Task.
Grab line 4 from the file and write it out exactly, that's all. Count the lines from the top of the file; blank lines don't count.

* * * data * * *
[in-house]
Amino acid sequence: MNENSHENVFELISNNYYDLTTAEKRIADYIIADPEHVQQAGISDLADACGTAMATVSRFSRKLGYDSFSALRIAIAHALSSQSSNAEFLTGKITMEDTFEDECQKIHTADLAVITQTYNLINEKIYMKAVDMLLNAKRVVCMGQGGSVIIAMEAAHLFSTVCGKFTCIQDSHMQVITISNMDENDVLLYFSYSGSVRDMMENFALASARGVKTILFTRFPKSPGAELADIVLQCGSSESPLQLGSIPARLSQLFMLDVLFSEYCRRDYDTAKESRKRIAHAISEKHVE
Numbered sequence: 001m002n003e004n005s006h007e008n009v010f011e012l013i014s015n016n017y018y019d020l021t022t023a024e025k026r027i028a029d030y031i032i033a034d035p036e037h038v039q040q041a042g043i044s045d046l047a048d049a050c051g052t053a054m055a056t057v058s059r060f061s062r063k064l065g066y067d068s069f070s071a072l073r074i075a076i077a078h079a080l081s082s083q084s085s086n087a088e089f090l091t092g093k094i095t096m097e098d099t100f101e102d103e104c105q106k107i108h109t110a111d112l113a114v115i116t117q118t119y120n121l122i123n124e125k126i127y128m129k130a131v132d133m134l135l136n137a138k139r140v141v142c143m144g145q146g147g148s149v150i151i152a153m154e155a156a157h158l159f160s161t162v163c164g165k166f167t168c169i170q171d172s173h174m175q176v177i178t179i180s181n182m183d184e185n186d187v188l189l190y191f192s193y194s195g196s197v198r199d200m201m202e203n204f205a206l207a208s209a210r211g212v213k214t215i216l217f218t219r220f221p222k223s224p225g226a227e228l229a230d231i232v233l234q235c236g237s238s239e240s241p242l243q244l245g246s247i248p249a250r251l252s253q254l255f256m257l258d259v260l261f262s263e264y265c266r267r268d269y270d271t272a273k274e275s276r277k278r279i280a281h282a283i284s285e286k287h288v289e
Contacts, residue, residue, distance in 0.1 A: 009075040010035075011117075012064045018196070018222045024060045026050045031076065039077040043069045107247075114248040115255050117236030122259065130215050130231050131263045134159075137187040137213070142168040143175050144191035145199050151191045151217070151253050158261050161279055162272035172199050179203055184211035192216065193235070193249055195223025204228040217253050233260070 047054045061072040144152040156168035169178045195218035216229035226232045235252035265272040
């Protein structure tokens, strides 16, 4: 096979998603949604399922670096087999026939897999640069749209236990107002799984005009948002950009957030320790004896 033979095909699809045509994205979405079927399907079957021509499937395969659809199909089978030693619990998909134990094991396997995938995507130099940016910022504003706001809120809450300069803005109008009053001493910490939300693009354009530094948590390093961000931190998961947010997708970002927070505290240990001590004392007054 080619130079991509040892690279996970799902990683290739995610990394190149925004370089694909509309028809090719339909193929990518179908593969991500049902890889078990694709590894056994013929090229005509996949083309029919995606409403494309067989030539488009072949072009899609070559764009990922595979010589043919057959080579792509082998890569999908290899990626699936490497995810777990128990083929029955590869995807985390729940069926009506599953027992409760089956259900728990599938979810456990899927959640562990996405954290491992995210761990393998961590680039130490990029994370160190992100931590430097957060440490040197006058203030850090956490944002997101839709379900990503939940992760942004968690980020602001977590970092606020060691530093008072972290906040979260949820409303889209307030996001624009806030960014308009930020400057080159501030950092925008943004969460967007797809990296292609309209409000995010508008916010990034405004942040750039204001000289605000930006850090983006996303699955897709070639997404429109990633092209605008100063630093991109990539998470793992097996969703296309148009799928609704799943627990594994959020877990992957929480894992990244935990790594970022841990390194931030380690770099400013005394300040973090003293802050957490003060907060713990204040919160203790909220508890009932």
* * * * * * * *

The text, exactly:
Contacts, residue, residue, distance in 0.1 A: 009075040010035075011117075012064045018196070018222045024060045026050045031076065039077040043069045107247075114248040115255050117236030122259065130215050130231050131263045134159075137187040137213070142168040143175050144191035145199050151191045151217070151253050158261050161279055162272035172199050179203055184211035192216065193235070193249055195223025204228040217253050233260070 047054045061072040144152040156168035169178045195218035216229035226232045235252035265272040